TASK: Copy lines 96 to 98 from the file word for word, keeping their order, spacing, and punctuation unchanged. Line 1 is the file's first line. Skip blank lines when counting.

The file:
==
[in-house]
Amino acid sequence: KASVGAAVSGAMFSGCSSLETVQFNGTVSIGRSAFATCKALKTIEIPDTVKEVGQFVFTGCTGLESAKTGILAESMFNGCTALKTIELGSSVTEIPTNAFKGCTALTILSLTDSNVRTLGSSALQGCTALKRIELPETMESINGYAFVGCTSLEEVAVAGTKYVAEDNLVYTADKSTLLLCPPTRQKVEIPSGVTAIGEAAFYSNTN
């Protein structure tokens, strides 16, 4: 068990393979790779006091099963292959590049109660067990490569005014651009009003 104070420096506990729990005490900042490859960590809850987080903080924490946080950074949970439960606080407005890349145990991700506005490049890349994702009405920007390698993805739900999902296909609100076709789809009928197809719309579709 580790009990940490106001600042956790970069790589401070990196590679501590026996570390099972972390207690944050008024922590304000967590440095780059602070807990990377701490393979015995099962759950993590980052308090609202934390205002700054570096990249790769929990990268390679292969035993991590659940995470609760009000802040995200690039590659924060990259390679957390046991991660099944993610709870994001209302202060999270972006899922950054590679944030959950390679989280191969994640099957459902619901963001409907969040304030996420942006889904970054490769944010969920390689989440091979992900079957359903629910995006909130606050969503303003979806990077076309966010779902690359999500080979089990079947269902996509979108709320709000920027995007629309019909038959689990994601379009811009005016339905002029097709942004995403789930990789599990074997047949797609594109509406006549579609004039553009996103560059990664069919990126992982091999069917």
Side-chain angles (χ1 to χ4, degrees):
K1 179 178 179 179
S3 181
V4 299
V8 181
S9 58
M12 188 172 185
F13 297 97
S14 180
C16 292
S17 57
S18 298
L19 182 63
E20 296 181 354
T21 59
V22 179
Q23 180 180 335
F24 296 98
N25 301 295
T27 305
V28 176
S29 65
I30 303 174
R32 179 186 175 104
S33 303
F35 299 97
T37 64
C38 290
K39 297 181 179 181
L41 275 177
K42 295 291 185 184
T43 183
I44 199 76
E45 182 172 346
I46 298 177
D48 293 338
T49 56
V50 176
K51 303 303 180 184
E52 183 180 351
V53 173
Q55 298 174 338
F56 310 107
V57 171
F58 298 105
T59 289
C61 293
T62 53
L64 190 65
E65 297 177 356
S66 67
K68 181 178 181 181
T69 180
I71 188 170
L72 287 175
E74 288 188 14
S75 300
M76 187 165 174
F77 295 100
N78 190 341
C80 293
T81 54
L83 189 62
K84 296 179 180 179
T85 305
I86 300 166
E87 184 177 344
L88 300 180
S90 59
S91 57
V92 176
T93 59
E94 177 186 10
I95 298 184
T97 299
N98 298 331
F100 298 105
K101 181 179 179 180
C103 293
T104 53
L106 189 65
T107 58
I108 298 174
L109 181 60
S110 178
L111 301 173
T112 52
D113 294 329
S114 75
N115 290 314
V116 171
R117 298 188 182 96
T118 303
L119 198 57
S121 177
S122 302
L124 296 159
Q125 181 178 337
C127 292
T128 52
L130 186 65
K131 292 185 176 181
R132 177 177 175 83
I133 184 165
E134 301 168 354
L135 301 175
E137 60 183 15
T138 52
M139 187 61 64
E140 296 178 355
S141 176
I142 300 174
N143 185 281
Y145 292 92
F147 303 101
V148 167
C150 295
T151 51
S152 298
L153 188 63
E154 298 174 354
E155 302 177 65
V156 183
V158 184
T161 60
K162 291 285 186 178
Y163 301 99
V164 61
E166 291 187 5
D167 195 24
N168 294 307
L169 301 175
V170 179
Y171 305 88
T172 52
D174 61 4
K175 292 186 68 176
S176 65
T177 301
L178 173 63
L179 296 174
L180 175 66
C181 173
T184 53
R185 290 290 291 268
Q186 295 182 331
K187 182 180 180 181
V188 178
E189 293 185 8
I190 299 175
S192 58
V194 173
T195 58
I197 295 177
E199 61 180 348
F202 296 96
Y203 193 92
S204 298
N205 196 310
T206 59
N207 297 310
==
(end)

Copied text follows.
T118 303
L119 198 57
S121 177